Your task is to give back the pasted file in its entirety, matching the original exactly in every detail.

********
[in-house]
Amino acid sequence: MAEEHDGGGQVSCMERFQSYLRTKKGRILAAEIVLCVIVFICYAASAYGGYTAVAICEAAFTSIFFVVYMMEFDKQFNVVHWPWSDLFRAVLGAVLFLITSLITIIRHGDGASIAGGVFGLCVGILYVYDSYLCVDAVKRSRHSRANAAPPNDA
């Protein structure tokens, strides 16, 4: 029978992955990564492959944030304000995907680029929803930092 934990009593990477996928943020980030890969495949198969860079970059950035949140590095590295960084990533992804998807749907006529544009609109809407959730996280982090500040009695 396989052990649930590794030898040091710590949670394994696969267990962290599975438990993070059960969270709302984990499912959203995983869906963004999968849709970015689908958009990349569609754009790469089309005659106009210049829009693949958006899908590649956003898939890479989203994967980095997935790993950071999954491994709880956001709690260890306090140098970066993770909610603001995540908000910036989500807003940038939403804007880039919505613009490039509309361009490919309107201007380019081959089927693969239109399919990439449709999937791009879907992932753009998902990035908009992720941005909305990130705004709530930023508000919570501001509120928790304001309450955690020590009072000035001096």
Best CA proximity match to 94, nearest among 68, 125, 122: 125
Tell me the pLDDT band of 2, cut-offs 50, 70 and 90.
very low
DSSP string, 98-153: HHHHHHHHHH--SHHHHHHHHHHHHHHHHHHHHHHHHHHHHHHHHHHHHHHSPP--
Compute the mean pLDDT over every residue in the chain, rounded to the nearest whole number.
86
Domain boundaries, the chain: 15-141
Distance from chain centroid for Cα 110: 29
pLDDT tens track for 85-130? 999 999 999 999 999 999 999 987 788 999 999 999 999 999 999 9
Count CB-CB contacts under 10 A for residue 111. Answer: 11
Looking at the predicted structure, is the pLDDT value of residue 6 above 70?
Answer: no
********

[in-house]
Amino acid sequence: MAEEHDGGGQVSCMERFQSYLRTKKGRILAAEIVLCVIVFICYAASAYGGYTAVAICEAAFTSIFFVVYMMEFDKQFNVVHWPWSDLFRAVLGAVLFLITSLITIIRHGDGASIAGGVFGLCVGILYVYDSYLCVDAVKRSRHSRANAAPPNDA
């Protein structure tokens, strides 16, 4: 029978992955990564492959944030304000995907680029929803930092 934990009593990477996928943020980030890969495949198969860079970059950035949140590095590295960084990533992804998807749907006529544009609109809407959730996280982090500040009695 396989052990649930590794030898040091710590949670394994696969267990962290599975438990993070059960969270709302984990499912959203995983869906963004999968849709970015689908958009990349569609754009790469089309005659106009210049829009693949958006899908590649956003898939890479989203994967980095997935790993950071999954491994709880956001709690260890306090140098970066993770909610603001995540908000910036989500807003940038939403804007880039919505613009490039509309361009490919309107201007380019081959089927693969239109399919990439449709999937791009879907992932753009998902990035908009992720941005909305990130705004709530930023508000919570501001509120928790304001309450955690020590009072000035001096």
Best CA proximity match to 94, nearest among 68, 125, 122: 125
Tell me the pLDDT band of 2, cut-offs 50, 70 and 90.
very low
DSSP string, 98-153: HHHHHHHHHH--SHHHHHHHHHHHHHHHHHHHHHHHHHHHHHHHHHHHHHHSPP--
Compute the mean pLDDT over every residue in the chain, rounded to the nearest whole number.
86
Domain boundaries, the chain: 15-141
Distance from chain centroid for Cα 110: 29
pLDDT tens track for 85-130? 999 999 999 999 999 999 999 987 788 999 999 999 999 999 999 9
Count CB-CB contacts under 10 A for residue 111. Answer: 11
Looking at the predicted structure, is the pLDDT value of residue 6 above 70?
Answer: no